I have been a rolling stone since I was two weeks old.
My biological parents were already struggling with raising my two sisters and making ends meet when I was born, so they sent me for adoption.
The Theresian Bear.
In my new family, I had a carefree enough childhood until I was nine years old when my adopted mother was diagnosed with cancer of the intestines. A year later she passed away, leaving my father, my younger sister and I. My father, who was responsible and hardworking yet distant and strict at the same time worked shifts as a police officer. This meant that my sister and I had to spend three to four nights a week with several aunts, or had aunts come over to my flat to spend the night, an arrangement which had almost become a comfortable routine until one day, he introduced my sister and I to a woman his age, a teacher who had never married. We went out for weekly meals which became longer weekend holidays in Malaysia. Just over a year later, my father announced that he was going to remarry.
This introduced a host of other changes; not only did my kind new mother introduced us to new cousins and aunts and uncles and a fulltime caregiver, my parents decided to move out of my sunny and lush Telok Blangah Heights apartment to cold, industrial Jurong, where I lived until I was 19.
I was told that children of such tumultuous childhoods tend to drop out of school, do drugs (my father’s youngest brother was a heroin addict), become teenage mothers. Perhaps my father and my new teacher-stepmother had a big part to play in my sticking to the straight and narrow, but I would not have become half the adult that I am, if it was not for school. After all, school was the only constant of my then chaotic life.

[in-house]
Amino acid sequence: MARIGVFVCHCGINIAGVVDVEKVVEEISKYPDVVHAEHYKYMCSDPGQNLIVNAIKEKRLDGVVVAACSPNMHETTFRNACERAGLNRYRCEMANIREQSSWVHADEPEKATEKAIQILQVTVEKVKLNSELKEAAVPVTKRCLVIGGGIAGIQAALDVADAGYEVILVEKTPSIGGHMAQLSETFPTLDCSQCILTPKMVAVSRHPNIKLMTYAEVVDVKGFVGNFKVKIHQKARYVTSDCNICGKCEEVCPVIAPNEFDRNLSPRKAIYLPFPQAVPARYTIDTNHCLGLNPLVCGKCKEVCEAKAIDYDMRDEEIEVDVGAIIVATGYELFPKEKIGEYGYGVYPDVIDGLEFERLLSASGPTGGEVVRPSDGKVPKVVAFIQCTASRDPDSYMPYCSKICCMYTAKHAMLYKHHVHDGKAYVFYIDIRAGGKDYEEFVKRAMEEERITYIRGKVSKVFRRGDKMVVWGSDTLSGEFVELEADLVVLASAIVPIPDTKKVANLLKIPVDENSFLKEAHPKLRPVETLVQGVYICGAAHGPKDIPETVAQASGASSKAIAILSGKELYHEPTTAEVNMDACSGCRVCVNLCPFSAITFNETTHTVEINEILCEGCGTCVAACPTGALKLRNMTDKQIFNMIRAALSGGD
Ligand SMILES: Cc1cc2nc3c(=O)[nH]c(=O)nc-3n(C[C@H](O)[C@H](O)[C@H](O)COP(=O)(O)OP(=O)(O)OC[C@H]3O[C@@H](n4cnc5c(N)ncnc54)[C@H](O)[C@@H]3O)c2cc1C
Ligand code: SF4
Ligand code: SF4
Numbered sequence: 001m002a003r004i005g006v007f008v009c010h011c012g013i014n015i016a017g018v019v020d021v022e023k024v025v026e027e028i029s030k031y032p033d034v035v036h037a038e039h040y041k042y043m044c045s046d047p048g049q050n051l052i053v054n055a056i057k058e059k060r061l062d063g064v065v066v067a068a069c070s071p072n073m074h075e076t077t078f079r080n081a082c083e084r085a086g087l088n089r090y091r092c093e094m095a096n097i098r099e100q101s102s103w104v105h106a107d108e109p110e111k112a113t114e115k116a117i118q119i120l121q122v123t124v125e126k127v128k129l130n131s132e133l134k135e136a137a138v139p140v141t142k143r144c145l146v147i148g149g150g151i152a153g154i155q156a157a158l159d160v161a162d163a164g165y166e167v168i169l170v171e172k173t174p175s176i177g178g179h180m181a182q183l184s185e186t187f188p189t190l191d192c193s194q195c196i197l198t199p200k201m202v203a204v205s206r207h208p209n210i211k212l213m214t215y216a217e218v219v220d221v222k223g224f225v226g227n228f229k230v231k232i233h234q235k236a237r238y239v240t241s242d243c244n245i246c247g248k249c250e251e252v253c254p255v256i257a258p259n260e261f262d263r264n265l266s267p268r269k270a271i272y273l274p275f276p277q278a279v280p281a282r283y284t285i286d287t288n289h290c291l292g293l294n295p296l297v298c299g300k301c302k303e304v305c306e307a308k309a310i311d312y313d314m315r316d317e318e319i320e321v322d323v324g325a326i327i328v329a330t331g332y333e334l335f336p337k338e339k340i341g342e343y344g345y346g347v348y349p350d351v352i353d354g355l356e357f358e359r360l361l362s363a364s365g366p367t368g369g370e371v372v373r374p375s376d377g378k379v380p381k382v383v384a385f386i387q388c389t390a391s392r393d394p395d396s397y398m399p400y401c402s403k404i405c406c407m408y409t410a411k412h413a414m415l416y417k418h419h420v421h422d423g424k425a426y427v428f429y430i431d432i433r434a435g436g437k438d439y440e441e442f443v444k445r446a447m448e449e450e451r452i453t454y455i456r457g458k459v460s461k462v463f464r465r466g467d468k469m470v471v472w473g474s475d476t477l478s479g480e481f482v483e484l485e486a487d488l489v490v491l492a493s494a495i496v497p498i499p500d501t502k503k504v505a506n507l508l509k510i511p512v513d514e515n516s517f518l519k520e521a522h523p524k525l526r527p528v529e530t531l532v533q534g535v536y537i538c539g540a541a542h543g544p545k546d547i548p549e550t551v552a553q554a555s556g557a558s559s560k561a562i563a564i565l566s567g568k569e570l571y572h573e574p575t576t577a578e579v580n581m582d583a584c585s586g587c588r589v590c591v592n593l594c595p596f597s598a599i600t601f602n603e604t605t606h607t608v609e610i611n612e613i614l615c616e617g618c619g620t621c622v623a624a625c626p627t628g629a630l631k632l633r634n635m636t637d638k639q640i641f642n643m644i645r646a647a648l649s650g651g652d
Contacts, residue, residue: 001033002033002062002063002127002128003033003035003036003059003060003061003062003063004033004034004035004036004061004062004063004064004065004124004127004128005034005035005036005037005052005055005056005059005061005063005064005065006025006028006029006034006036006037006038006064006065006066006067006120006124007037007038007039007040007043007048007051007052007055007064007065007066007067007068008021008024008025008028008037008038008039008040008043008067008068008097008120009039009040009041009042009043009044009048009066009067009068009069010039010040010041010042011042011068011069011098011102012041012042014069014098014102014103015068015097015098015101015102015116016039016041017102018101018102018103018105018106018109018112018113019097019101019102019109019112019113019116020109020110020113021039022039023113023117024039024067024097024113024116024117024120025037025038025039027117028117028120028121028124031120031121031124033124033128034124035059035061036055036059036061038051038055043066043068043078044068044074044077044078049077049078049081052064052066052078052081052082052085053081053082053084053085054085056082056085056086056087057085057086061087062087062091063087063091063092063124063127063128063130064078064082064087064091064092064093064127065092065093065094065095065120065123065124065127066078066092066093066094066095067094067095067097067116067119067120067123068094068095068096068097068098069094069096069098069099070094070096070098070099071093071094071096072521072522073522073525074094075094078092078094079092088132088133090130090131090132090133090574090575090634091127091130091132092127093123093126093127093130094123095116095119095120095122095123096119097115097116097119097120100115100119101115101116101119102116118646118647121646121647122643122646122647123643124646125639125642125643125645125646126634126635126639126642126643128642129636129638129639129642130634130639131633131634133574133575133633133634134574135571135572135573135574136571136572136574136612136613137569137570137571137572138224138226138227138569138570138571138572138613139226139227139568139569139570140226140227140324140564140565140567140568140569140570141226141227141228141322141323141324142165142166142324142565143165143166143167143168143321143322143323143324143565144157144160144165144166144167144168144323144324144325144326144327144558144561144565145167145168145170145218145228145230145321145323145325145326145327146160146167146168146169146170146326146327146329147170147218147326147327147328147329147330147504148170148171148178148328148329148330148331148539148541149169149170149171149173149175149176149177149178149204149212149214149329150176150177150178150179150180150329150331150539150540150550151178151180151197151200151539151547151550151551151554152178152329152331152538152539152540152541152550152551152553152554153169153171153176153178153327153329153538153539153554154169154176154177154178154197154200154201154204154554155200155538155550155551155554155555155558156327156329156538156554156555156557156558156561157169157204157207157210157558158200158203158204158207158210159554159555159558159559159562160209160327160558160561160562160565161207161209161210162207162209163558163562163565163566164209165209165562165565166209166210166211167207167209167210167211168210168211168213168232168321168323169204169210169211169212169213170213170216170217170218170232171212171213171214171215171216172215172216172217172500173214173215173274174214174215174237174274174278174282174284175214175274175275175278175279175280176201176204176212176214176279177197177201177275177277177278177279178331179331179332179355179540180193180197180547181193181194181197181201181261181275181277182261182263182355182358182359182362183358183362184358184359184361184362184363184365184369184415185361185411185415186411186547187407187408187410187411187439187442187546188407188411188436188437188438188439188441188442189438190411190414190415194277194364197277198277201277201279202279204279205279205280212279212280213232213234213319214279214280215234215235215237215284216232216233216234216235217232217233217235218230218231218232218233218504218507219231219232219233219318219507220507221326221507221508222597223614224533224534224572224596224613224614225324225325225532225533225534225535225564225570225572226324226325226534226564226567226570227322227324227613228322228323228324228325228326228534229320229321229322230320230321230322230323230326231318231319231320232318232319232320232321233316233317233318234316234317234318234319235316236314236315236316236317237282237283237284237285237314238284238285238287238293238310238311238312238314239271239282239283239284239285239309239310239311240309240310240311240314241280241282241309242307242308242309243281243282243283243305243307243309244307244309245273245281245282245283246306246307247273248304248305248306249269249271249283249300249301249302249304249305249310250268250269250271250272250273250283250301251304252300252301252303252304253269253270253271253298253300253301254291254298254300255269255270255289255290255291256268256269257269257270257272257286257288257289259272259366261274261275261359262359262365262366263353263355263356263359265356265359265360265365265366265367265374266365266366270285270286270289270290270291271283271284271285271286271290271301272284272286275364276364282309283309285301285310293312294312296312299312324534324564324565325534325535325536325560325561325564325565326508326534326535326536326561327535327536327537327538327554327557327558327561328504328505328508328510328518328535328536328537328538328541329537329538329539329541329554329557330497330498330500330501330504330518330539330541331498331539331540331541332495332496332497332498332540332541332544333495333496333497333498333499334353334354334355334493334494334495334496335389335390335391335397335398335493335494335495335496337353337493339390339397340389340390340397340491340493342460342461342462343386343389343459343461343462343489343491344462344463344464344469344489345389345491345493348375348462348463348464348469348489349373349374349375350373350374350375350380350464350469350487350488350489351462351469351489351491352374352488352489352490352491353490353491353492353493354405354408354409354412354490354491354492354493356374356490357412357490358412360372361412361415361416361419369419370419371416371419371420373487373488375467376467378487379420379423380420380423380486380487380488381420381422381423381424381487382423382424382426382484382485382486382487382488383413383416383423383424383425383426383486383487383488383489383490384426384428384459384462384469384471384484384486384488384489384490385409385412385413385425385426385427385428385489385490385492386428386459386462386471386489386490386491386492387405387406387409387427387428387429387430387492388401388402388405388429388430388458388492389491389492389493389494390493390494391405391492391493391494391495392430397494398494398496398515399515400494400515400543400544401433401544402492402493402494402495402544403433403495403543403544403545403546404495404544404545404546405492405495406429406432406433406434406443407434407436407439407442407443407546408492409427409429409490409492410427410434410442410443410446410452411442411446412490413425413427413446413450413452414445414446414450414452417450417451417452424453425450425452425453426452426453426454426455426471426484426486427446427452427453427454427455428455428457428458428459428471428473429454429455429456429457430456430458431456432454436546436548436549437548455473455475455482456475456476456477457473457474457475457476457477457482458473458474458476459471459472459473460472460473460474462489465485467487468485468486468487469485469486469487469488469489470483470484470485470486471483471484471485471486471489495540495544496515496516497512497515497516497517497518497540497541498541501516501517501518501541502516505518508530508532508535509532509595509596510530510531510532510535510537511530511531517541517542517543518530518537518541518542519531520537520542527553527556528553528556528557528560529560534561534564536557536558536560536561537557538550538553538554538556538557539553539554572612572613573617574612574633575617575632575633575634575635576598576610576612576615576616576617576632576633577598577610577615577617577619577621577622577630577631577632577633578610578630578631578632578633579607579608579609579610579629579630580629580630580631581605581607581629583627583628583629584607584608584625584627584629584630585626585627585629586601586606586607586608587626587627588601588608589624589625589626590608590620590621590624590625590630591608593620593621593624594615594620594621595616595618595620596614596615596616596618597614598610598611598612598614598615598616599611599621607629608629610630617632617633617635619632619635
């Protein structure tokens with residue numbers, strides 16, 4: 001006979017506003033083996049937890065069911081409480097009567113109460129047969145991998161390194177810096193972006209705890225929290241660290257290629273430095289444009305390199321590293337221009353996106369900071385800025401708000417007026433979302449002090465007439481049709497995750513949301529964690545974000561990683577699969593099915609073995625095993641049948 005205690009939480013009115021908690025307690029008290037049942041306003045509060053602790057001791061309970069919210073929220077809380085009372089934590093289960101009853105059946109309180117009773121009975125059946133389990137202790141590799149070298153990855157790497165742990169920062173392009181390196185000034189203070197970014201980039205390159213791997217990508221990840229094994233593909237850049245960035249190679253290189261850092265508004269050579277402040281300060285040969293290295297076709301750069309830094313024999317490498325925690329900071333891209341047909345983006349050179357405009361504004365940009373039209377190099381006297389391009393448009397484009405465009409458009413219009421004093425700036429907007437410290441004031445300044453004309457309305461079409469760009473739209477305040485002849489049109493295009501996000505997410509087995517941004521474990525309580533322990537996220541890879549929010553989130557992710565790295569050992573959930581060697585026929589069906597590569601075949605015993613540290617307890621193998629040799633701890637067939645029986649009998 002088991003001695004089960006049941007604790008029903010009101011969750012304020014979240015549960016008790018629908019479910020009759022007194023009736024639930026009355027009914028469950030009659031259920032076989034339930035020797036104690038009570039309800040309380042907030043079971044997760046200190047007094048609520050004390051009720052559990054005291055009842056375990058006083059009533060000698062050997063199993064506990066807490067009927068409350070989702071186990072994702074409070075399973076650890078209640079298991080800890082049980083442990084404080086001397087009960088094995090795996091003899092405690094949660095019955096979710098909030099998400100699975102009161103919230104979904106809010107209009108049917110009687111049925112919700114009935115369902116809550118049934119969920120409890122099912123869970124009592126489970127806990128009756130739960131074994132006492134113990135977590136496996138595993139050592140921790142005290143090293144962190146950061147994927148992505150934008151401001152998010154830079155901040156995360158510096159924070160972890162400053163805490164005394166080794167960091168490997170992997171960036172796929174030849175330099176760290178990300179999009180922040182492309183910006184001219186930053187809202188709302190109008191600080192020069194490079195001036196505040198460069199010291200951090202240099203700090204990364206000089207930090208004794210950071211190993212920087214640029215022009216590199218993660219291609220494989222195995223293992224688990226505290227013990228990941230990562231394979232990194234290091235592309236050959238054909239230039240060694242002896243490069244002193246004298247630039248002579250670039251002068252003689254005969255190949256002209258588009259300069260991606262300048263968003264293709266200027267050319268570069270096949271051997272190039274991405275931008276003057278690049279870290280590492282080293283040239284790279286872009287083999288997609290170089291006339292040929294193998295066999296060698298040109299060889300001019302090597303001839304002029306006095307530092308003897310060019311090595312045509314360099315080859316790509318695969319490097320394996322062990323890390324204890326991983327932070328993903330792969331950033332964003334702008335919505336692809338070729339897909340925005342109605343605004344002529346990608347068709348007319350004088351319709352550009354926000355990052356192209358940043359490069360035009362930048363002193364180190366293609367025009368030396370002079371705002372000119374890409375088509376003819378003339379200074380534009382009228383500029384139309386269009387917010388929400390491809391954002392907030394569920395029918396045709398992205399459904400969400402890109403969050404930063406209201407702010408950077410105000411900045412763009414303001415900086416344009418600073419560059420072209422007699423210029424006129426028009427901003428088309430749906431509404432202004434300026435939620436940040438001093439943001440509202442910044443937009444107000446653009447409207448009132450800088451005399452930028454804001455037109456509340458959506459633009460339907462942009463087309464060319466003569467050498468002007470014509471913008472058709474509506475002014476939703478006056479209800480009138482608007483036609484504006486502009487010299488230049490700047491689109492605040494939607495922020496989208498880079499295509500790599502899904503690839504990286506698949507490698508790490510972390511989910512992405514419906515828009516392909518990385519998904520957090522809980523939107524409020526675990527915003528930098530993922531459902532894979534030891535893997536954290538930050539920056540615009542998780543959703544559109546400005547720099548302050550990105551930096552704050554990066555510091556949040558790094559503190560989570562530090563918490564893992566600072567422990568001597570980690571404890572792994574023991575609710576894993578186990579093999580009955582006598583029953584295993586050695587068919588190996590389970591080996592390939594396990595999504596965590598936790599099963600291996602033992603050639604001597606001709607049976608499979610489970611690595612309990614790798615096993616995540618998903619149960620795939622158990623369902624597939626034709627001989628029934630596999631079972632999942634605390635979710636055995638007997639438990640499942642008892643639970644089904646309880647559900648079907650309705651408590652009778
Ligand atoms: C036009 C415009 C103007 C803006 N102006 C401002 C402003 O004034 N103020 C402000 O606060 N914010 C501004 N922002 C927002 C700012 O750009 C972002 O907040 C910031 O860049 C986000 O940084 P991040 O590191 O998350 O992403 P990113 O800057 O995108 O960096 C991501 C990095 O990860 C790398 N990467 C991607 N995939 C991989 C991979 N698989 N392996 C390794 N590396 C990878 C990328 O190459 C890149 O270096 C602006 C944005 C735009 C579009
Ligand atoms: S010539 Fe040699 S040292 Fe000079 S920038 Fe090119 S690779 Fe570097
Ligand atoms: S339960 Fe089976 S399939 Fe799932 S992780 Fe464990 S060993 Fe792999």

My school, CHIJ St. Theresa’s Convent stands on a hill like a fort looking out at sea; it was once surrounded by great big banyan trees which had been levelled to make way for facilities such as science laboratories and classrooms to accommodate the increasing student population. It had started falling apart even before I had enrolled there at the age of six such that going to school and moving from class to class itself was an adventure. There were the treacherous rusty drain grilles and potholes in the field to be wary of, the Green Lodge leaked and trembled during the monsoon rains and there were ghosts lurking in the science laboratory and the spiral staircase from behind the stage in the main hall. Compared to the shiny, air-conditioned, high-tech classrooms of today, the school was the postcard-perfect picture of poverty.
A picture of my schoolmates and I in front of the statue of the founding father of CHIJ schools in Singapore, Father Nicolas Barre. I’m on the extreme left. Picture courtesy of Siti Shalfarraz.
But it was anything but poor.
I wondered if it was the speed at which my “orphan” status had travelled among the students at school or whether former teachers of my adopted stepmother, who was an old girl, had heard of her untimely death that I had found myself on the receiving end of acts of discreet kindness from the teachers and staff, some of whom had not even taught me directly.